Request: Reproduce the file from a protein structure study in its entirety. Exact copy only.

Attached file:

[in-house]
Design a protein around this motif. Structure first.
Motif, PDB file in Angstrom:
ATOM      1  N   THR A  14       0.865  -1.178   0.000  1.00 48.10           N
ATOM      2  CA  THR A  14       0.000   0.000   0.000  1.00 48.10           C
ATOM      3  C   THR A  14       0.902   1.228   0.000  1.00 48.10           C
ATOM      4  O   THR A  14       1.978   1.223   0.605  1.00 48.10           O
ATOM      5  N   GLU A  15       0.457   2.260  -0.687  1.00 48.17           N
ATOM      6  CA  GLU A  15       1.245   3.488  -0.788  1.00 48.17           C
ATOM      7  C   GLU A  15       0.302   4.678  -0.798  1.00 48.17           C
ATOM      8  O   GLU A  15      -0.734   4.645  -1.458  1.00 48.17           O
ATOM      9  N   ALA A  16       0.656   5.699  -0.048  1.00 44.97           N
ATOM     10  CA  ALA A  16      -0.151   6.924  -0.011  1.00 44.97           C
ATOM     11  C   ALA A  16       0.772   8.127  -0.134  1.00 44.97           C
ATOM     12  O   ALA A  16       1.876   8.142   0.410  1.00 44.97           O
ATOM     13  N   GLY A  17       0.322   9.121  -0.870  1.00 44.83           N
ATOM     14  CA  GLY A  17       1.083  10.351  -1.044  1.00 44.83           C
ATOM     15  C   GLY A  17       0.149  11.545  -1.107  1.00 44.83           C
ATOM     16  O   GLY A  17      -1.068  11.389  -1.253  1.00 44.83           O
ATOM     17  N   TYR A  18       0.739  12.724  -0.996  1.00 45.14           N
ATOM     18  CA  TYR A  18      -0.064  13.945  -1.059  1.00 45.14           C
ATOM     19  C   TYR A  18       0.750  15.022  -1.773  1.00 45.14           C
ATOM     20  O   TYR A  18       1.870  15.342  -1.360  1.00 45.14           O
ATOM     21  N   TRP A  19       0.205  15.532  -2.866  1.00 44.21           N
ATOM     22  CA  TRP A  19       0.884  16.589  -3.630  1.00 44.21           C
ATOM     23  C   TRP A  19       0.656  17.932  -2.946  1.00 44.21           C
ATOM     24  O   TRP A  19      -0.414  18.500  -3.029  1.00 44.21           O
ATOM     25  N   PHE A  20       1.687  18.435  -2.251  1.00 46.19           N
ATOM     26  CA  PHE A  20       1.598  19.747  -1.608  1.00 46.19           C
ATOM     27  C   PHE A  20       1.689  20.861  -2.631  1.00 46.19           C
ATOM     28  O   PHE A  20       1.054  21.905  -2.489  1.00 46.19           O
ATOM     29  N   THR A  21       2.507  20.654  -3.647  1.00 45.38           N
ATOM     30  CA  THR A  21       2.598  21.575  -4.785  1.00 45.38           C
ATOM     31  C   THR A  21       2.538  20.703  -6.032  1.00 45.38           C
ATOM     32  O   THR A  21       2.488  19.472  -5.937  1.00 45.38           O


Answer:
[in-house]
Design a protein around this motif. Structure first.
Motif, PDB file in Angstrom:
ATOM      1  N   THR A  14       0.865  -1.178   0.000  1.00 48.10           N
ATOM      2  CA  THR A  14       0.000   0.000   0.000  1.00 48.10           C
ATOM      3  C   THR A  14       0.902   1.228   0.000  1.00 48.10           C
ATOM      4  O   THR A  14       1.978   1.223   0.605  1.00 48.10           O
ATOM      5  N   GLU A  15       0.457   2.260  -0.687  1.00 48.17           N
ATOM      6  CA  GLU A  15       1.245   3.488  -0.788  1.00 48.17           C
ATOM      7  C   GLU A  15       0.302   4.678  -0.798  1.00 48.17           C
ATOM      8  O   GLU A  15      -0.734   4.645  -1.458  1.00 48.17           O
ATOM      9  N   ALA A  16       0.656   5.699  -0.048  1.00 44.97           N
ATOM     10  CA  ALA A  16      -0.151   6.924  -0.011  1.00 44.97           C
ATOM     11  C   ALA A  16       0.772   8.127  -0.134  1.00 44.97           C
ATOM     12  O   ALA A  16       1.876   8.142   0.410  1.00 44.97           O
ATOM     13  N   GLY A  17       0.322   9.121  -0.870  1.00 44.83           N
ATOM     14  CA  GLY A  17       1.083  10.351  -1.044  1.00 44.83           C
ATOM     15  C   GLY A  17       0.149  11.545  -1.107  1.00 44.83           C
ATOM     16  O   GLY A  17      -1.068  11.389  -1.253  1.00 44.83           O
ATOM     17  N   TYR A  18       0.739  12.724  -0.996  1.00 45.14           N
ATOM     18  CA  TYR A  18      -0.064  13.945  -1.059  1.00 45.14           C
ATOM     19  C   TYR A  18       0.750  15.022  -1.773  1.00 45.14           C
ATOM     20  O   TYR A  18       1.870  15.342  -1.360  1.00 45.14           O
ATOM     21  N   TRP A  19       0.205  15.532  -2.866  1.00 44.21           N
ATOM     22  CA  TRP A  19       0.884  16.589  -3.630  1.00 44.21           C
ATOM     23  C   TRP A  19       0.656  17.932  -2.946  1.00 44.21           C
ATOM     24  O   TRP A  19      -0.414  18.500  -3.029  1.00 44.21           O
ATOM     25  N   PHE A  20       1.687  18.435  -2.251  1.00 46.19           N
ATOM     26  CA  PHE A  20       1.598  19.747  -1.608  1.00 46.19           C
ATOM     27  C   PHE A  20       1.689  20.861  -2.631  1.00 46.19           C
ATOM     28  O   PHE A  20       1.054  21.905  -2.489  1.00 46.19           O
ATOM     29  N   THR A  21       2.507  20.654  -3.647  1.00 45.38           N
ATOM     30  CA  THR A  21       2.598  21.575  -4.785  1.00 45.38           C
ATOM     31  C   THR A  21       2.538  20.703  -6.032  1.00 45.38           C
ATOM     32  O   THR A  21       2.488  19.472  -5.937  1.00 45.38           O